Chapter 1

By the end of this course, you will have deployed a set of microservices, powered by Flask and React, to Amazon Elastic Container Service (ECS).

More specifically, we'll:

  1. Configure CodeBuild to run when code is checked in to GitHub
  2. Run unit and integrations tests and check code for quality and formatting issues on CodeBuild
  3. Package the microservices as Docker images
  4. Push the images to Amazon Elastic Container Registry (ECR)
  5. Set up the appropriate ECS pieces to manage and provision EC2 boxes for deployment
  6. Configure RDS for data persistence
  7. Dump logs to CloudWatch
  8. Use the Application Load Balancer for load balancing

The two apps that you'll deploy are built using Flask and React, respectively.

Flask RESTful API

Built with Flask-RESTX, the server-side powers an API that follows RESTful design principles, using the basic HTTP verbs: GET, POST, PUT, and DELETE:

Endpoint HTTP Method CRUD Method Result
/auth/register POST CREATE register a new user
/auth/login POST CREATE log a user in
/auth/refresh POST CREATE obtain a new access token
/auth/status GET READ check user status
/users GET READ get all users
/users/:id GET READ get a single user
/users POST CREATE add a user
/users/:id PUT UPDATE update a user
/users/:id DELETE DELETE delete a user

Along with Python and Flask, SQLAlchemy is used to interact with a Postgres database and pytest is used instead of unittest for unit and integration testing. Finally, the app supports token-based authentication via the Flask-Bcrypt and PyJWT packages.

React Client

The second microservice is the client application that uses JavaScript and React. It's built with the Create React App generator and it uses Jest (a JavaScript test runner) along with React Testing Library (a testing library designed specifically for React) for unit and integration tests.

Curious about how these app were developed? Check out the Test-Driven Development with Python, Flask, and Docker and Authentication with Flask, React, and Docker courses.

Before diving in, let's take a minute to go over why some of the above tools are being used.


Flask and Django are the two most popular Python web frameworks. Django is older and more mature than Flask, but it's also more opinionated. On the other hand, Flask is lighter weight so it doesn't make many decisions for you. You get to decide how you want to implement things. At its core, Flask is simple yet extensible, which is perfect for developing RESTful APIs and microservices.

For more, review Django vs. Flask: Which Framework to Choose.


Flask-RESTX is a community-driven fork of Flask-RESTPlus that makes it easy to build and document RESTful APIs with Flask.


Docker is a container platform used to streamline application development and deployment workflows across various environments. It's used to create the infrastructure required -- like installing Linux, configuring system-level dependencies, and running Python -- for the web app within a lightweight container that can be moved from your development machine to the production server quickly and easily.


pytest is a test framework for Python that makes it easy (and fun!) to write, organize, and run tests. When compared to unittest, from the Python standard library, pytest:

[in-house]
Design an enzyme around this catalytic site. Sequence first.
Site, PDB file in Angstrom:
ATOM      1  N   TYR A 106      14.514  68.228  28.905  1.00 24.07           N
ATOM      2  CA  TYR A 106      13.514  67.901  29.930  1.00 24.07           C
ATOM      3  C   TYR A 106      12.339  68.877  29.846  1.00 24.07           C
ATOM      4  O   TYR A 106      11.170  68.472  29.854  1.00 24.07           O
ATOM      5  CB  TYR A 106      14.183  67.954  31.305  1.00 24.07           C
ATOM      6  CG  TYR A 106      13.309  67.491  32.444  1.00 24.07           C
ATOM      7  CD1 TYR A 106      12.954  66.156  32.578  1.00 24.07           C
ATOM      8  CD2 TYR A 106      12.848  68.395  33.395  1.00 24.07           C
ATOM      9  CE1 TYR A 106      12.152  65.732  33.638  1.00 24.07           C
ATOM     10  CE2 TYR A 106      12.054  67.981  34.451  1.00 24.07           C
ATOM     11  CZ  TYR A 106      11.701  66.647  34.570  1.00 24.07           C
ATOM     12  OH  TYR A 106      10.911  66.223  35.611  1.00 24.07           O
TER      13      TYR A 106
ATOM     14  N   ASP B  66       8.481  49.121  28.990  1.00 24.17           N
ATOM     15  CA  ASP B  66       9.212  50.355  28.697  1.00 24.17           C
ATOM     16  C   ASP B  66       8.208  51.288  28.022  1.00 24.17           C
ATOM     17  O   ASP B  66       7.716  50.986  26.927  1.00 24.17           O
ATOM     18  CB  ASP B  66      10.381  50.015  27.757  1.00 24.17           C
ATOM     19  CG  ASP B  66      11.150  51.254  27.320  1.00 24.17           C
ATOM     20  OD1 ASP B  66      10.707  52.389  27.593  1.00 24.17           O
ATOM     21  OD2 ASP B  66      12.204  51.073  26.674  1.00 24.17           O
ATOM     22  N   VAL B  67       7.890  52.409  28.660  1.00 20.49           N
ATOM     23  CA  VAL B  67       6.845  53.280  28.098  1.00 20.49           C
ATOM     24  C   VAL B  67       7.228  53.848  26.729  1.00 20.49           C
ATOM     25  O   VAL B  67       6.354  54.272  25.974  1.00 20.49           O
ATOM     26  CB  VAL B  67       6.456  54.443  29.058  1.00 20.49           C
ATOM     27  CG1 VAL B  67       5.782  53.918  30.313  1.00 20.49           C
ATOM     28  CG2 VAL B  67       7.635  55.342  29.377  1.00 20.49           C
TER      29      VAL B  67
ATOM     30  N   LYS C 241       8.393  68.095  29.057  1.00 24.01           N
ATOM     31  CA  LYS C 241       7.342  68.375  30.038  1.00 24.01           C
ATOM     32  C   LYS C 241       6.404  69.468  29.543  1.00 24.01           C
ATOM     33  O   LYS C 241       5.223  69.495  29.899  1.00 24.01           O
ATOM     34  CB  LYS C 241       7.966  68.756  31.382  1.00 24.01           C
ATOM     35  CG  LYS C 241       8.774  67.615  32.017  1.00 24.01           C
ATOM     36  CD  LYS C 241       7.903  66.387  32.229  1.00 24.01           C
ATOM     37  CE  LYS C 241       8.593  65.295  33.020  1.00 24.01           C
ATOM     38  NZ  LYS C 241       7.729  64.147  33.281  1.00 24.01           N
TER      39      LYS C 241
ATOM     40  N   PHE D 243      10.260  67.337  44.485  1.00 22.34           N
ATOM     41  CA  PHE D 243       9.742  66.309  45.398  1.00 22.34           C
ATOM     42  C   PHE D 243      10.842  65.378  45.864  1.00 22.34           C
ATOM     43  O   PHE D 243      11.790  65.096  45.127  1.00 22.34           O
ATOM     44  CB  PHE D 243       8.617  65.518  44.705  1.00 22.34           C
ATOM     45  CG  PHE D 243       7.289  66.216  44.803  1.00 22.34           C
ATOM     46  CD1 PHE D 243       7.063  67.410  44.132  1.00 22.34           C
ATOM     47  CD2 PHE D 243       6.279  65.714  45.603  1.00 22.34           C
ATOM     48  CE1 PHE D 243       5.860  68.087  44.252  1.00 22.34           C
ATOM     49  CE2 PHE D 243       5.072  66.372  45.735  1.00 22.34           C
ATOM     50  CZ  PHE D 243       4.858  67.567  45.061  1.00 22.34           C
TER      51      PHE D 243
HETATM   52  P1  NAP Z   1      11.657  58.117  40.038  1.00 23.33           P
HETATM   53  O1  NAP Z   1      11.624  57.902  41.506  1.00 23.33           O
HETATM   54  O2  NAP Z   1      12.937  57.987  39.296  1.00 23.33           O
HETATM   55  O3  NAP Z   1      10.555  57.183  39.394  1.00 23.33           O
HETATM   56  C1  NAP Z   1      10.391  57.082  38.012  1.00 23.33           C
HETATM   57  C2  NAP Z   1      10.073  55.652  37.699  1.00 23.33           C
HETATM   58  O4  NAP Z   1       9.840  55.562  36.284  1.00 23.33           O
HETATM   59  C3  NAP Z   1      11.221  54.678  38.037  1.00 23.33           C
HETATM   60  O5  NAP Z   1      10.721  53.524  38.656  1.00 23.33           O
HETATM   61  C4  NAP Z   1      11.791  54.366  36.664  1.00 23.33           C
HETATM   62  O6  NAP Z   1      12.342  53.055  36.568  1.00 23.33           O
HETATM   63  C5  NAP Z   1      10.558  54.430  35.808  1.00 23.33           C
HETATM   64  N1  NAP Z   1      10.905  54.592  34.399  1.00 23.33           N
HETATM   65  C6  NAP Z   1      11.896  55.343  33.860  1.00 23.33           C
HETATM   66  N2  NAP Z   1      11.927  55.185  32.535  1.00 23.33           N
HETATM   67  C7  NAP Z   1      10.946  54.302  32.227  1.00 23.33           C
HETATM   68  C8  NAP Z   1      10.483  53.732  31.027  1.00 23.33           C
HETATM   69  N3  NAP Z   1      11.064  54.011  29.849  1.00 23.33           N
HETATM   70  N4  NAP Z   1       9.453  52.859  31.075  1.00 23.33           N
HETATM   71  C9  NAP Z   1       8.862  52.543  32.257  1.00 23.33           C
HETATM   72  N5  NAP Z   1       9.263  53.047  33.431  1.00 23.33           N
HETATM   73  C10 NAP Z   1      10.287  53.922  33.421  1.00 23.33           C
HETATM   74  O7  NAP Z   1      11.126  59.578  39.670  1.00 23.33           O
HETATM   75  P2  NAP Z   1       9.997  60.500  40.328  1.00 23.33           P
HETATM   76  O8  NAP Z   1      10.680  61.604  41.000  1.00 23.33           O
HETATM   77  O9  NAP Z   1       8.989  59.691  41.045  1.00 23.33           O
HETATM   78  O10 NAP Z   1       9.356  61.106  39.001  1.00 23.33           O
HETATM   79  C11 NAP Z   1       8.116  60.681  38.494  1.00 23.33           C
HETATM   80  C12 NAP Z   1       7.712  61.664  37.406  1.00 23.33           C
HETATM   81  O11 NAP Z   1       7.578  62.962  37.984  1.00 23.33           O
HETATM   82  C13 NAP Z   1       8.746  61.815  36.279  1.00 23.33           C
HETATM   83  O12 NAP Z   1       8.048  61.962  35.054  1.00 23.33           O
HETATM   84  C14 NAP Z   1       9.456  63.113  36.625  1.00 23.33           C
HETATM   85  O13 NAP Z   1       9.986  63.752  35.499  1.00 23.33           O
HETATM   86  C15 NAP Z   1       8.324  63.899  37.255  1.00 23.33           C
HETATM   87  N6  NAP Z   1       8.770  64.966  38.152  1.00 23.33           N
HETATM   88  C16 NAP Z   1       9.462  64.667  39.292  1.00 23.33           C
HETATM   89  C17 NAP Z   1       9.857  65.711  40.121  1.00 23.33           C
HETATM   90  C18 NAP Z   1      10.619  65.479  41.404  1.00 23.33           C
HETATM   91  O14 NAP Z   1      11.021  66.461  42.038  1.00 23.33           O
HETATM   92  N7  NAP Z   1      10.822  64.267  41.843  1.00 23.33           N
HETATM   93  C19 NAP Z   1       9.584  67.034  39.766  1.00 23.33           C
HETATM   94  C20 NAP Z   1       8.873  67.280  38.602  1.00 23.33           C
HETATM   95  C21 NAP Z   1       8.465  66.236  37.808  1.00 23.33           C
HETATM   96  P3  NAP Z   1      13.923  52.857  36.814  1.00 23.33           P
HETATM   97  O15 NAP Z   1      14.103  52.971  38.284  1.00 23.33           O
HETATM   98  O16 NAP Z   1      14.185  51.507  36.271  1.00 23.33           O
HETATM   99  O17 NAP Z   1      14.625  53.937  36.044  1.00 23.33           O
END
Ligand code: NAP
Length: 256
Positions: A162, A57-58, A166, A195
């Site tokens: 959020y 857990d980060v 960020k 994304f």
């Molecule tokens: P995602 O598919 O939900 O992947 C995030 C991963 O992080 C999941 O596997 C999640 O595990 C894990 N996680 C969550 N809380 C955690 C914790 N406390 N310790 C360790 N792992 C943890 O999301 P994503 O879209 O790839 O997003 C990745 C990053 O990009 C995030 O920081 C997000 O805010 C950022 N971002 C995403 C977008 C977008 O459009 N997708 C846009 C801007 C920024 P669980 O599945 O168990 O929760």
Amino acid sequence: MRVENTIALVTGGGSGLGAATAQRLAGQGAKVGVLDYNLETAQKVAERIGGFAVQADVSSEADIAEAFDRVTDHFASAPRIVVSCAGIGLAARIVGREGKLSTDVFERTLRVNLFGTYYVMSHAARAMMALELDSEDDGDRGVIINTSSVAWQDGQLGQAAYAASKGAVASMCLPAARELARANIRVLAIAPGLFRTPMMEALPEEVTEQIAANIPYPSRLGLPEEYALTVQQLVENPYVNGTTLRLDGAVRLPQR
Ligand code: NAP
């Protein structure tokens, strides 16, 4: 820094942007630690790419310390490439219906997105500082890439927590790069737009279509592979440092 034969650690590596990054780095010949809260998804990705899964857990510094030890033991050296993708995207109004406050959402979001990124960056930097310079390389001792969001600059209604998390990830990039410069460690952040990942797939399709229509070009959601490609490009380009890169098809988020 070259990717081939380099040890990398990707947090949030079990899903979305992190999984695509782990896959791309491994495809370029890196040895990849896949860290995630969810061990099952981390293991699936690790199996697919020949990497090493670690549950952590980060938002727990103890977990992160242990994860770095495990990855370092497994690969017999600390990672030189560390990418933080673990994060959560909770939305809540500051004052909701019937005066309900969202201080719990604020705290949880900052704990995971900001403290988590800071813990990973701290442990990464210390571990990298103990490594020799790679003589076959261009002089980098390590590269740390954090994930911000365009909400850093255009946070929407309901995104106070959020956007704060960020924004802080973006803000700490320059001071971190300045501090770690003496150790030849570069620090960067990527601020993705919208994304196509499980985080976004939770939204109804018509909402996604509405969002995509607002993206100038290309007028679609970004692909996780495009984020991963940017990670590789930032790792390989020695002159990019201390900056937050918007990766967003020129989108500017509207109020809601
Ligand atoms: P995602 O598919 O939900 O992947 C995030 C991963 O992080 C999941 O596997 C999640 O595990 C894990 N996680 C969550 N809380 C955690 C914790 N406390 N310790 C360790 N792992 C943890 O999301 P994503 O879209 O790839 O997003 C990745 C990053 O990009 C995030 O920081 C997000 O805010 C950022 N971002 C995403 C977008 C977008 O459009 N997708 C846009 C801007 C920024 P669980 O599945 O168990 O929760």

1. Requires less boilerplate code so your test suites will be more readable.
  2. Supports the plain assert statement, which is far more readable and easier to remember compared to the assertSomething methods -- like assertEquals, assertTrue, and assertContains -- in unittest.
  3. Is updated more frequently since it's not part of the Python standard library.
  4. Simplifies setting up and tearing down test state with its fixture system.
  5. Uses a functional approach.


According to the 2019 State of JavaScript Survey, React, Angular, and Vue are the three most popular front-end JavaScript frameworks. They are primarily used for developing rich single-page-applications (SPAs). React is the most popular of the three and arguably the easiest to learn.

React is technically not a framework; it's a view library. That said, when coupled with Create React App and React Router it can be considered more of a framework.

React Testing Library

As mentioned, React Testing Library (RTL) is a testing library designed specifically for React. It helps reduce the amount of boilerplate needed and provides a nice utility library, making it easier to write tests. When it comes to utility libraries, Enzyme is really your only other option. While Enzyme focuses on testing state and props, RTL focuses more on testing end user behavior. RTL has a much lower barrier to entry since it's less flexible and provides much fewer testing methods and options.


AWS is a cloud service platform that provides Infrastructure as a Service (IaaS) and Platform as a Service (PaaS) solutions. They offer compute (EC2, Elastic Beanstalk, Lambda, ECS, and Fargate), storage (S3), database (RDS, DynamoDB, and Redshift), analytics (Athena and Kinesis), application (SQS and MQ), and DevOps (CodePipeline, CodeBuild, and CodeDeploy) services.

With regard to AWS, we'll start off by configuring all services via the web console before moving to Terraform, an infrastructure as code as code solution. It's highly, highly recommended to start your AWS journey in this manner. Experiment with the web console first since it handles a lot of the complexity beneath the scenes, such as creating service roles, IAM permissions, log groups, and so on. Once you feel comfortable, jump into Terraform to learn a bit more about what's happening and to better manage the building, changing, and versioning of your infrastructure.

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